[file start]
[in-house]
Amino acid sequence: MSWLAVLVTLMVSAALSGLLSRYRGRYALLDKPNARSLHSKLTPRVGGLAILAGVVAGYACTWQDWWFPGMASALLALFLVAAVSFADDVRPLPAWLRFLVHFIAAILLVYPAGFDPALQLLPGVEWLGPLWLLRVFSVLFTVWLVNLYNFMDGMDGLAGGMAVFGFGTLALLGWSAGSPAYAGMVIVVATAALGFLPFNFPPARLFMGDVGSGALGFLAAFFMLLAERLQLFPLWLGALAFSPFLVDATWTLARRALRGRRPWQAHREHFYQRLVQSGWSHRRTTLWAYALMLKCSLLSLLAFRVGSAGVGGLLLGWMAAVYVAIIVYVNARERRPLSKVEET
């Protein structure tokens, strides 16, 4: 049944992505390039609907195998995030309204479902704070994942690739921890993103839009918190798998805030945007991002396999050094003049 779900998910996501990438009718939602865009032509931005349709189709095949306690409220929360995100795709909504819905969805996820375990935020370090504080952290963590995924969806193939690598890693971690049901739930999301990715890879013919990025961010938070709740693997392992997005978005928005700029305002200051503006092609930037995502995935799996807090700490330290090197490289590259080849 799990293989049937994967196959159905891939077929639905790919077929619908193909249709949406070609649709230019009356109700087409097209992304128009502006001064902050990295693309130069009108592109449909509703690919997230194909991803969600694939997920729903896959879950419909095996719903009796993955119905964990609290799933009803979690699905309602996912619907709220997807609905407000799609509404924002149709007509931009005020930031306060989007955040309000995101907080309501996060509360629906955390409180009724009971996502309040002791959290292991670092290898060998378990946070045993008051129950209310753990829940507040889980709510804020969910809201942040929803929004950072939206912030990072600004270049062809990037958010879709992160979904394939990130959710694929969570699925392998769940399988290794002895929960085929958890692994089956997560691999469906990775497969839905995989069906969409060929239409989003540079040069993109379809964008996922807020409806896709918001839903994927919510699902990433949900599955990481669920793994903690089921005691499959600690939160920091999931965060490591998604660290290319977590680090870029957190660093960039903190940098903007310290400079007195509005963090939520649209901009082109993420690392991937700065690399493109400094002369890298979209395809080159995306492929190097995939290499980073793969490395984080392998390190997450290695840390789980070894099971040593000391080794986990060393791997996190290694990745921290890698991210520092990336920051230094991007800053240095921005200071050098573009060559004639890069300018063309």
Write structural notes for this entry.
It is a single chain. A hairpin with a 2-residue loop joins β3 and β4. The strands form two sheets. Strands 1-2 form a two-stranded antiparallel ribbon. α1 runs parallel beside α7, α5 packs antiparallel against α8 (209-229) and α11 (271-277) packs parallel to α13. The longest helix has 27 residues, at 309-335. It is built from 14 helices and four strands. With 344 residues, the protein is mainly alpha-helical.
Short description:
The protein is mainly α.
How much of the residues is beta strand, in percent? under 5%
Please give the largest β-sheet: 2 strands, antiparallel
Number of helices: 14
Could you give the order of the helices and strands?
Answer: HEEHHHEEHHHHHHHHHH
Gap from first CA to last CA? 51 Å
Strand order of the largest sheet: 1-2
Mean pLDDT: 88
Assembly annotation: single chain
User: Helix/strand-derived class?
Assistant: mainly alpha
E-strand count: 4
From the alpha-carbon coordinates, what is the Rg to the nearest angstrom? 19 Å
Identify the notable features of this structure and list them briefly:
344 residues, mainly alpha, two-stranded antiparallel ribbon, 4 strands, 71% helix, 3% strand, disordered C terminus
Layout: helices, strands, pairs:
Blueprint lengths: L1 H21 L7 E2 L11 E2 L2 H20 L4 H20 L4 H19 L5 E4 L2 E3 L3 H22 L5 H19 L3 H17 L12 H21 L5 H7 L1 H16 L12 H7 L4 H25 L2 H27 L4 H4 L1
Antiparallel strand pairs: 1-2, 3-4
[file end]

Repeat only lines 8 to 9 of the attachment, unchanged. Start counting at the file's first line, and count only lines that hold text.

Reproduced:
How much of the residues is beta strand, in percent? under 5%
Please give the largest β-sheet: 2 strands, antiparallel